It was not making sense that Ugandans were denied this option to access under a different culture.
The most striking thing about strict Islamic banking is the sharing in profit and loss. The customer is never made to feel that they have been victimised in any way.
There is also the Arabic concept of Musharaka and Mudaraba in that the banks share in the risk and future profits of a promising project. This means they stick with you all the way.
I am not saying the western style commercial banks are bad. Simply that in this day and age, having as much options to choose from is good for people. With Islamic banking, Uganda can now hopefully be of interest to the larger banking names in the Middle East and Gulf States.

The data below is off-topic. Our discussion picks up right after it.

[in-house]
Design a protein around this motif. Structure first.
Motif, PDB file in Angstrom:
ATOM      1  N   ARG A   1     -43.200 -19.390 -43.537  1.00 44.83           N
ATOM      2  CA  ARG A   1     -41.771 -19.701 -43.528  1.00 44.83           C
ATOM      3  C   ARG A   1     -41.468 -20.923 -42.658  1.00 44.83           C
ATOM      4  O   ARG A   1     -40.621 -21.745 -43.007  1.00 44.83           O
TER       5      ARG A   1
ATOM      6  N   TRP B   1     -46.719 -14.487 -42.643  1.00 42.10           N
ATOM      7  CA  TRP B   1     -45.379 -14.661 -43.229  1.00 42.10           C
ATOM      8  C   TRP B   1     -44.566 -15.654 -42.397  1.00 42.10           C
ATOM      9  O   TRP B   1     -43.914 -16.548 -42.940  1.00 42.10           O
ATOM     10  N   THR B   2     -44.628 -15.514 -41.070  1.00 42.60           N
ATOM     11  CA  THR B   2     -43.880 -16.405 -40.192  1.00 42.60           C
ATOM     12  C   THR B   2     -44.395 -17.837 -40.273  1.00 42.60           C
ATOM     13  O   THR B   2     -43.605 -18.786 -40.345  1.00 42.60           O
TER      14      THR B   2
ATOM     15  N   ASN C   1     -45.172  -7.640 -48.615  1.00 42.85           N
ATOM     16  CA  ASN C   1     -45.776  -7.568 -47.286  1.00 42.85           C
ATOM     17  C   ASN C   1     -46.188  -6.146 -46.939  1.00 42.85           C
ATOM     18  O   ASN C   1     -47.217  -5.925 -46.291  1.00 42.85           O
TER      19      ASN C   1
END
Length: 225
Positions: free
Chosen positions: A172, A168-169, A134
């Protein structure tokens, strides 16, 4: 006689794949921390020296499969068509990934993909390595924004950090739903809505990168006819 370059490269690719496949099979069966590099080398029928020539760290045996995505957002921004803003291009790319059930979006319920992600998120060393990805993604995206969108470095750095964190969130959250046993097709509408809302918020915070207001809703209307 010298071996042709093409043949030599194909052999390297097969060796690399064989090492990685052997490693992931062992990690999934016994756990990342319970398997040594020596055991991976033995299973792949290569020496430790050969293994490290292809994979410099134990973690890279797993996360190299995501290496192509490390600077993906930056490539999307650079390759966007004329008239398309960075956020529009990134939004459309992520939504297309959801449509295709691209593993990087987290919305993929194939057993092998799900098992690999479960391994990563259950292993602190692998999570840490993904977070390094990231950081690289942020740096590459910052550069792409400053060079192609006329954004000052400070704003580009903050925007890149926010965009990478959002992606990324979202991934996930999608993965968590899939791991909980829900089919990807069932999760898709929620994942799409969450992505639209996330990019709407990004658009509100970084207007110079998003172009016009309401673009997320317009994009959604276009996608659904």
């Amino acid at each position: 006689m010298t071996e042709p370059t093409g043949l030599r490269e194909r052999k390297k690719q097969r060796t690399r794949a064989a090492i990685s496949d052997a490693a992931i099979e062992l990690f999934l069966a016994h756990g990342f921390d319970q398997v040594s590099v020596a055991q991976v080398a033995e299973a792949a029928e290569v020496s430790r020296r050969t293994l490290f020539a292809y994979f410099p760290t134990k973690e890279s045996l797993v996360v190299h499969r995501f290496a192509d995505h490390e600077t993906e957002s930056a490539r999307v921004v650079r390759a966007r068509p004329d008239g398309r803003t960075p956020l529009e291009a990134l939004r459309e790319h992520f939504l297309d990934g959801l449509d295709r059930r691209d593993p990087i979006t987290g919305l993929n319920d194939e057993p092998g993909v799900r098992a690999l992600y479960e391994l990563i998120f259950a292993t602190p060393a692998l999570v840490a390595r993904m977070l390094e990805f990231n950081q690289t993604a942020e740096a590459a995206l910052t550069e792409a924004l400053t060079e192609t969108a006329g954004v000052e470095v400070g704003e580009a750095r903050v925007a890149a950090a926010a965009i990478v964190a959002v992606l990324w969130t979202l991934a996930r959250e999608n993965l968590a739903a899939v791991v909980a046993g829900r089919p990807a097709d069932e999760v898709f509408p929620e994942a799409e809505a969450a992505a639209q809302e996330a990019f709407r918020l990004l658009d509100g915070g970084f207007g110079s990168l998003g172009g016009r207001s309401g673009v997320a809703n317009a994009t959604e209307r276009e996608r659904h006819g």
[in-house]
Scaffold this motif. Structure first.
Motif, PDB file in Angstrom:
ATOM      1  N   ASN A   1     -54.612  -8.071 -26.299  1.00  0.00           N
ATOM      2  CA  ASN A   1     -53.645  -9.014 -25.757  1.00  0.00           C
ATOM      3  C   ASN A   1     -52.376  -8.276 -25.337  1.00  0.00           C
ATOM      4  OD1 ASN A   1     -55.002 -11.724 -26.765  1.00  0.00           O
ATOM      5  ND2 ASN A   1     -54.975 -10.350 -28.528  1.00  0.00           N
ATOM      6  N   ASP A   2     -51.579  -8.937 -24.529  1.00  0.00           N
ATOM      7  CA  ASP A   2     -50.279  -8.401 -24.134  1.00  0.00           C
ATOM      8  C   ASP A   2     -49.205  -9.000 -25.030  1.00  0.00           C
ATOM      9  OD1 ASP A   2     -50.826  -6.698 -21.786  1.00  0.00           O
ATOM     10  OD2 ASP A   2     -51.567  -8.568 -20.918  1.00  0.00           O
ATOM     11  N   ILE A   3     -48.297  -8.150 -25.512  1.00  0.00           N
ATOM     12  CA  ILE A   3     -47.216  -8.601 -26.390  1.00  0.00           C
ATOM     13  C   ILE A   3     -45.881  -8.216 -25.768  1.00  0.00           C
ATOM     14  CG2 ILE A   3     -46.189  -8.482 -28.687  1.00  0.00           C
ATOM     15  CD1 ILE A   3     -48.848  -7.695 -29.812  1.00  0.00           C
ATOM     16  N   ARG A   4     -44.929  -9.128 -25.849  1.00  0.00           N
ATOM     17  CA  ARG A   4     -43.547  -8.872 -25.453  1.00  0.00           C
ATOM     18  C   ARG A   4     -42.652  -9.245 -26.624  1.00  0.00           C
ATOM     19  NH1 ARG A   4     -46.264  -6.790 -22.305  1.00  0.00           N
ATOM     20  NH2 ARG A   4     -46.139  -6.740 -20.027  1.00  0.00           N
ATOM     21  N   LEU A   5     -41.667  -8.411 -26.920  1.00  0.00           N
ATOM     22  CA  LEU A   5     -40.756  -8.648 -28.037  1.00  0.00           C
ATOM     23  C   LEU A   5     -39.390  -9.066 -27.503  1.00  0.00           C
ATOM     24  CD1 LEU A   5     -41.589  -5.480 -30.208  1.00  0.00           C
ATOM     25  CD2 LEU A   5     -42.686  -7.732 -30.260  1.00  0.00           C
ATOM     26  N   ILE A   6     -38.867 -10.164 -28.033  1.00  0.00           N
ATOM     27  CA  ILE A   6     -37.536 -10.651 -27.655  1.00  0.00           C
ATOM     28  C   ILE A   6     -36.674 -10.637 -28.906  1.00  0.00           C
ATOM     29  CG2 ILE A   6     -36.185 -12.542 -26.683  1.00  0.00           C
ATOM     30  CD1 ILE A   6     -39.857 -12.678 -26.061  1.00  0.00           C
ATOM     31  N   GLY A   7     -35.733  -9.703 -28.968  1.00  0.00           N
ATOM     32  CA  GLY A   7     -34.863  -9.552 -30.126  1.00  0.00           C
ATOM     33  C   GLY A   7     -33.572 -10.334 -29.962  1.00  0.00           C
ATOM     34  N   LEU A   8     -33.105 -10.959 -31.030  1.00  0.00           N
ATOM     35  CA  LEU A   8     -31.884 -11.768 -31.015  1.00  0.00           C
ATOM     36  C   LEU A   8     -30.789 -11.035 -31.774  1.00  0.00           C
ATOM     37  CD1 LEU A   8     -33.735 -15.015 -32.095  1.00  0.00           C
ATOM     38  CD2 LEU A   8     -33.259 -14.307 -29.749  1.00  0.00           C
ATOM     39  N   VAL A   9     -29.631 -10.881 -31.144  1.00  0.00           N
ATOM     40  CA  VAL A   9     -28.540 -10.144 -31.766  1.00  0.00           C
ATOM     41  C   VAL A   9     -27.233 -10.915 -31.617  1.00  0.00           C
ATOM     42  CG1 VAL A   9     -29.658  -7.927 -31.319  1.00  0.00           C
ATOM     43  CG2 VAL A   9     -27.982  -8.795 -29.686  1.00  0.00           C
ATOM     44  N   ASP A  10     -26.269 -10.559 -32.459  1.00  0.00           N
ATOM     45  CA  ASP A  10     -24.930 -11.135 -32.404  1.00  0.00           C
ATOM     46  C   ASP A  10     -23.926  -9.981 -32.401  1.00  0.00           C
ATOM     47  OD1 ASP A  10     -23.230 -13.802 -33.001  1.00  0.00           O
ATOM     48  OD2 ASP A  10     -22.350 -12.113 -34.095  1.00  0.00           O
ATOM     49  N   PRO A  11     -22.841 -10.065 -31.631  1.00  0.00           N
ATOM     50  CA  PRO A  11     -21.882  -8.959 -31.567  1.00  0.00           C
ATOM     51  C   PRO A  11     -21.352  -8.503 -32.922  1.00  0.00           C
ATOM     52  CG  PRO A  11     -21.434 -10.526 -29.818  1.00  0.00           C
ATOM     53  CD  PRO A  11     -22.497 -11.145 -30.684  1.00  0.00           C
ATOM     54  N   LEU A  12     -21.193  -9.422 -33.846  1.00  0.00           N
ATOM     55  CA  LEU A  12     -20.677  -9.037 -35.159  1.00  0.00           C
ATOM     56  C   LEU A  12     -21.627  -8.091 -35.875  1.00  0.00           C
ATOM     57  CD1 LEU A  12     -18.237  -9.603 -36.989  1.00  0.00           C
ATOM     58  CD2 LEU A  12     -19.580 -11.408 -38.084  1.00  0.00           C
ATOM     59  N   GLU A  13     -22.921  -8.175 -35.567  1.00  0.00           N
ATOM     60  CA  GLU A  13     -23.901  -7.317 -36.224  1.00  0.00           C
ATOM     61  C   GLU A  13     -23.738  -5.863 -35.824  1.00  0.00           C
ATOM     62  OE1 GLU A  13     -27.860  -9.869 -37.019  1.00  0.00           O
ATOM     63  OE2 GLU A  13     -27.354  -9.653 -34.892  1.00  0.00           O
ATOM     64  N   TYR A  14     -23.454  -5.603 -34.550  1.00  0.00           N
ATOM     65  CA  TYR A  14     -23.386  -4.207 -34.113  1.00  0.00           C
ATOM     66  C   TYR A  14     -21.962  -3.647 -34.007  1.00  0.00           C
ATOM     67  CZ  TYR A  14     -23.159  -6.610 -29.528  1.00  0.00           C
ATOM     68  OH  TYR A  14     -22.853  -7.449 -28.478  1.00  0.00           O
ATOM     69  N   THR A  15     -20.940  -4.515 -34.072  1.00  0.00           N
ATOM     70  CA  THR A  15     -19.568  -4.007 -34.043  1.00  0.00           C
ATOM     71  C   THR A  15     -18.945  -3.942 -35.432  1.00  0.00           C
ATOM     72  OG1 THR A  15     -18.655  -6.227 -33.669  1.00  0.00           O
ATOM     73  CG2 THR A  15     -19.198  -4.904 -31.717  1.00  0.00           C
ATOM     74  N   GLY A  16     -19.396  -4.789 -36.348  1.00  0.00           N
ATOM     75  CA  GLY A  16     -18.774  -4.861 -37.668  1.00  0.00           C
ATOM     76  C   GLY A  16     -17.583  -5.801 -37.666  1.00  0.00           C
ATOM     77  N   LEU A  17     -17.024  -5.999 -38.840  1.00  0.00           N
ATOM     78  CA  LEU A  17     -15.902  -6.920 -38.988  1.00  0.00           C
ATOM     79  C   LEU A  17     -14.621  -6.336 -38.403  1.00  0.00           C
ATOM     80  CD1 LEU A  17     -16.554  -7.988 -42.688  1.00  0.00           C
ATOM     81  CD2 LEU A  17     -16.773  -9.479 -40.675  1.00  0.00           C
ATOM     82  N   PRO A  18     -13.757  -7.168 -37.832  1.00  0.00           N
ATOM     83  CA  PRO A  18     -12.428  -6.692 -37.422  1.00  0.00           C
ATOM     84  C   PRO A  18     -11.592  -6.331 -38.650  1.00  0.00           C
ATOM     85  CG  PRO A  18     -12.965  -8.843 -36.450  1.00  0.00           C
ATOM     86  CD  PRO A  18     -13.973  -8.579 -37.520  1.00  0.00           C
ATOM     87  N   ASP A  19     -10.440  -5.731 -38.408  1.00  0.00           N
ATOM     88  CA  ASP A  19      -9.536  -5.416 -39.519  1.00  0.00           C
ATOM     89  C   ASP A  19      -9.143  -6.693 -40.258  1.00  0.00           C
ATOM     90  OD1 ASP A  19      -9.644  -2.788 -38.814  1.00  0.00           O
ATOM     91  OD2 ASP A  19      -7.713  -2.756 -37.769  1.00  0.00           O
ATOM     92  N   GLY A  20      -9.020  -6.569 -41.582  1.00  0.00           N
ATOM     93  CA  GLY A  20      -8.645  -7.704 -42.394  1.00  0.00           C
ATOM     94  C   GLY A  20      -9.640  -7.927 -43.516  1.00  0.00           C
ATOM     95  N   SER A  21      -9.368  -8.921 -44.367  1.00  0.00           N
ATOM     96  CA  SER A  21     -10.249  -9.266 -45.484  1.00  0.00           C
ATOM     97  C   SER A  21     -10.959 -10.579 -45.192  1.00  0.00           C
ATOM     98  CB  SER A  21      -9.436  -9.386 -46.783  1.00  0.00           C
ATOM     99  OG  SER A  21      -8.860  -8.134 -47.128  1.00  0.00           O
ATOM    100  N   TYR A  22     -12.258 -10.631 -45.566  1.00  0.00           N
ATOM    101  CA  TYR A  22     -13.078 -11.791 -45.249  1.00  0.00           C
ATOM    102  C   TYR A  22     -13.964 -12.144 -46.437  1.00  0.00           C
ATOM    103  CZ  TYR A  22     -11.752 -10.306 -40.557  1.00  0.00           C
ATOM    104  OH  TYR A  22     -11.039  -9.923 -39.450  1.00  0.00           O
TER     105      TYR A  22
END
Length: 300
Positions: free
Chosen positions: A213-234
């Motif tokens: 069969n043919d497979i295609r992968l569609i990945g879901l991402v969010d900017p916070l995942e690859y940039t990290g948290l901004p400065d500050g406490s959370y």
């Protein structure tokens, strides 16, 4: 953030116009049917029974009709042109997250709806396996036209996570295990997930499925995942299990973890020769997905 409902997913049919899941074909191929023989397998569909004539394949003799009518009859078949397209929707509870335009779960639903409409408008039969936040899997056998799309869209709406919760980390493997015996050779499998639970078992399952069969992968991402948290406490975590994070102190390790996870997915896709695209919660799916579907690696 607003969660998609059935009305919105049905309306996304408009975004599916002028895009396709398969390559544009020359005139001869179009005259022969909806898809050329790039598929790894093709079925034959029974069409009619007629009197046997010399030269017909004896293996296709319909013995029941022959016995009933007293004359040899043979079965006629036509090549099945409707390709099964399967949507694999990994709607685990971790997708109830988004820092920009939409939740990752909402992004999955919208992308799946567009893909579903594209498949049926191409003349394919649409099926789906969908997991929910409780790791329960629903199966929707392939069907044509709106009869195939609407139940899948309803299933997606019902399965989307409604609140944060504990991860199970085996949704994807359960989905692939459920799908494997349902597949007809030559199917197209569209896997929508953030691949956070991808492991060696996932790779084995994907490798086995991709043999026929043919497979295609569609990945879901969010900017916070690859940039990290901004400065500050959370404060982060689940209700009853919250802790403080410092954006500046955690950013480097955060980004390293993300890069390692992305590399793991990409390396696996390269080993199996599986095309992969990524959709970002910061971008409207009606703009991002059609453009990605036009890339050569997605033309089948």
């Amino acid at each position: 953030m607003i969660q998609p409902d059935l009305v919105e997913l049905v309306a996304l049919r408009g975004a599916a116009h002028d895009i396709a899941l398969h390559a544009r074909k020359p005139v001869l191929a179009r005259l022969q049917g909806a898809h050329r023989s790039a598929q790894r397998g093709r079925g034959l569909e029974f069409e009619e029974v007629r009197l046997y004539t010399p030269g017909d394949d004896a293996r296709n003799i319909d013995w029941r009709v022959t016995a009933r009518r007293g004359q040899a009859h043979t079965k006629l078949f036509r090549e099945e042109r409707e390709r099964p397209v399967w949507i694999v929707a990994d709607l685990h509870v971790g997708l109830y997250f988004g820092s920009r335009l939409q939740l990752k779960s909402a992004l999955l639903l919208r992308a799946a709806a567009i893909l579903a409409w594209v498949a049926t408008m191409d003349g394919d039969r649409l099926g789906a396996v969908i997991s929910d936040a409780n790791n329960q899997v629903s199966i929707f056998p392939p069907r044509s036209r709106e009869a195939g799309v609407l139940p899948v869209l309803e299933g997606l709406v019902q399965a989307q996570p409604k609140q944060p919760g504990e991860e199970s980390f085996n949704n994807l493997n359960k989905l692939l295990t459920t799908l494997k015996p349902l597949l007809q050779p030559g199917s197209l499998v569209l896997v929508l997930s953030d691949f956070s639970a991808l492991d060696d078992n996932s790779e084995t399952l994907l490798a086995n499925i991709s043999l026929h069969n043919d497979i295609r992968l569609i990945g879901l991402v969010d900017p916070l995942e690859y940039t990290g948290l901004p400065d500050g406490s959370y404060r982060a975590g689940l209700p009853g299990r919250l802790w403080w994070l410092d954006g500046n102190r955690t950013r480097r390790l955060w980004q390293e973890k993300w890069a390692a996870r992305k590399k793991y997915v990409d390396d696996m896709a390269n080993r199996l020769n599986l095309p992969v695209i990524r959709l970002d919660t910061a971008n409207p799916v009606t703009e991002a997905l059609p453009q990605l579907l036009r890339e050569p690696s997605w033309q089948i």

I suspect that there are those who have concerns about Islamic banking due to its roots in the Shari’ah law. It is true that some terms are stricter compared to conventional banking, but this is so that no one is unecessarily penalised. It all boils down to removing the burden of interest or Riba and reducing uncertainty (Gharar) to promote economic activity. It sounds confusing, it is a worthwhile alternative to explore.
(Business Week / 28 June 2015)---
Alfalah Consulting - Kuala Lumpur: www.alfalahconsulting.com
Islamic Investment Malaysia: www.islamic-invest-malaysia.com